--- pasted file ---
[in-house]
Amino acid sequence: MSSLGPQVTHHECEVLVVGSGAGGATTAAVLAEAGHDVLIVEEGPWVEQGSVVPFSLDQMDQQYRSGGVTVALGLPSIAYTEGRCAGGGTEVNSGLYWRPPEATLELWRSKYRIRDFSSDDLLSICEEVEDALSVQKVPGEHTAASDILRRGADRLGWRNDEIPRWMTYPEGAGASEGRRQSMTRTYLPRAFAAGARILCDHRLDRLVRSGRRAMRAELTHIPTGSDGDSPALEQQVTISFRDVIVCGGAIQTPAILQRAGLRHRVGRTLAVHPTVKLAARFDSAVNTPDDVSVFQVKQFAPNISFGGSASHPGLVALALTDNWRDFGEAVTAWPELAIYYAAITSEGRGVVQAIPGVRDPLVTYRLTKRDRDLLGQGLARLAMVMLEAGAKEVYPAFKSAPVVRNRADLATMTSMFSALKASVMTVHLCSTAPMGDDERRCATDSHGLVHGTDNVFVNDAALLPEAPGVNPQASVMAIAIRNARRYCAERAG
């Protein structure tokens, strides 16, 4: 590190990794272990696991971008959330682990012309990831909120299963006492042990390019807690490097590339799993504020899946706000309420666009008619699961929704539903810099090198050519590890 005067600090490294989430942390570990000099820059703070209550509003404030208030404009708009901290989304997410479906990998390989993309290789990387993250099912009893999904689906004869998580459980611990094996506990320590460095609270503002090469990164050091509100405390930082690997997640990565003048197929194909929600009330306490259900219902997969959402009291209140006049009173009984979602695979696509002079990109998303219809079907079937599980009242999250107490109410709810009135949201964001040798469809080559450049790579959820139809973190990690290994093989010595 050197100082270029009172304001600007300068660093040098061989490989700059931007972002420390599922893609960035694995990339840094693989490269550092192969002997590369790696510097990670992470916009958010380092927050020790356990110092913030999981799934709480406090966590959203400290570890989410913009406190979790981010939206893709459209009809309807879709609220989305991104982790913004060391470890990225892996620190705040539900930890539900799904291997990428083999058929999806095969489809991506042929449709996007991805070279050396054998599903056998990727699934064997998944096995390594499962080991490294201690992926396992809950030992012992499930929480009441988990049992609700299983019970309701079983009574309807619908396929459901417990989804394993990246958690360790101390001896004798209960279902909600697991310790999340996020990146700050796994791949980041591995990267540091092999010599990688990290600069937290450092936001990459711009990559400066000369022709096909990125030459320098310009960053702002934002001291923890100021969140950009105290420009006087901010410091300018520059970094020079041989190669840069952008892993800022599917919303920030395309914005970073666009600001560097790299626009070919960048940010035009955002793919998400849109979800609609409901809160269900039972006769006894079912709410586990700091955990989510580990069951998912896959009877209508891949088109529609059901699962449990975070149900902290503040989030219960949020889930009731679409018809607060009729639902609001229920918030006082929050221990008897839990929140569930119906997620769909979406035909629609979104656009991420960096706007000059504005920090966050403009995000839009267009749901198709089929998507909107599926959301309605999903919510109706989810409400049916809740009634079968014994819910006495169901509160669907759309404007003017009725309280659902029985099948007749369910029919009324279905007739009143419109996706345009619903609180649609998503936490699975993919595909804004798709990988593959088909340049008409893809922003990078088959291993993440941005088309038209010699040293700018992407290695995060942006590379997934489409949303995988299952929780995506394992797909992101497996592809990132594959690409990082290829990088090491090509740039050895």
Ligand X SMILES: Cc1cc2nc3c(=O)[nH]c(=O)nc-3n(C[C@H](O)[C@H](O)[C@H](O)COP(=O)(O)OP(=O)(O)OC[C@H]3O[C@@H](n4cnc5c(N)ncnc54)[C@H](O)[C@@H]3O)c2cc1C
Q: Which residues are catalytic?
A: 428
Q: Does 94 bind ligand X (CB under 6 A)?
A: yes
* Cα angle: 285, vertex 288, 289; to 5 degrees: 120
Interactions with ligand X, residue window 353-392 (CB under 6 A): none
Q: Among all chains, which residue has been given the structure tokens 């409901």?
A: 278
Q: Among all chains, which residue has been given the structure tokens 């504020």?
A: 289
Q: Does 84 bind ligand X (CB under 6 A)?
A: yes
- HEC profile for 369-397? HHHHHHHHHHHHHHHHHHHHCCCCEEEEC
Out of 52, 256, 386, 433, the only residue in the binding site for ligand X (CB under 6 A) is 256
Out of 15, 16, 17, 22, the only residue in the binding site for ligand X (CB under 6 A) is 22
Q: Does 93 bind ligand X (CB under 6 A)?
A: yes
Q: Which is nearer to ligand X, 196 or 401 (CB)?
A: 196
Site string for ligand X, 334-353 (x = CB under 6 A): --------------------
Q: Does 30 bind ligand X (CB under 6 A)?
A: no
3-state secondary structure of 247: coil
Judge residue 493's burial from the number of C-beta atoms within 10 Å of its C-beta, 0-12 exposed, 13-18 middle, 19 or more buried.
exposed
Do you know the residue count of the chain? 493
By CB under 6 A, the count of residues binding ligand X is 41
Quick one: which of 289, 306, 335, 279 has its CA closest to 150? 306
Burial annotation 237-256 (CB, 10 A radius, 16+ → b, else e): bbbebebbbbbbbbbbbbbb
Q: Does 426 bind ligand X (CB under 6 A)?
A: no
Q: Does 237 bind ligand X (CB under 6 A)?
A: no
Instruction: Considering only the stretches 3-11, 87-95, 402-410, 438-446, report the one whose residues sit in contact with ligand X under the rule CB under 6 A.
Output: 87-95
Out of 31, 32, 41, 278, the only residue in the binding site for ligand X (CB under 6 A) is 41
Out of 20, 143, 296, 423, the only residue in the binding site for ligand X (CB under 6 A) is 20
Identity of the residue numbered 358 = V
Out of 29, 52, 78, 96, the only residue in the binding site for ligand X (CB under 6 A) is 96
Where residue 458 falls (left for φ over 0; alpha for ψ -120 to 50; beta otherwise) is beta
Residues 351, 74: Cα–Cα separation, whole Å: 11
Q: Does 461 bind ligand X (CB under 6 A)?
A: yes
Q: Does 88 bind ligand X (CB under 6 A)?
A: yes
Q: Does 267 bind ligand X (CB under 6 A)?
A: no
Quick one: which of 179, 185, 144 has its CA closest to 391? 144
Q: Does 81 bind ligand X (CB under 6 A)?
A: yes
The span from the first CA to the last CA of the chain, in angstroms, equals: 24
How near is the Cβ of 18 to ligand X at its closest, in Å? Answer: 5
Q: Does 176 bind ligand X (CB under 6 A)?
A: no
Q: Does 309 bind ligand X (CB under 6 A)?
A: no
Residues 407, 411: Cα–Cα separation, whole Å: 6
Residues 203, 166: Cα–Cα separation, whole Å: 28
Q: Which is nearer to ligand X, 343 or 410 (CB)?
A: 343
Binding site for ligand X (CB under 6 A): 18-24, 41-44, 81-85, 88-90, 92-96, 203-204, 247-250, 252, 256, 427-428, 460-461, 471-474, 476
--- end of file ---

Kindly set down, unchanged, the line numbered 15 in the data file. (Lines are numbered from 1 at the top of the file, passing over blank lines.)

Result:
Q: Does 84 bind ligand X (CB under 6 A)?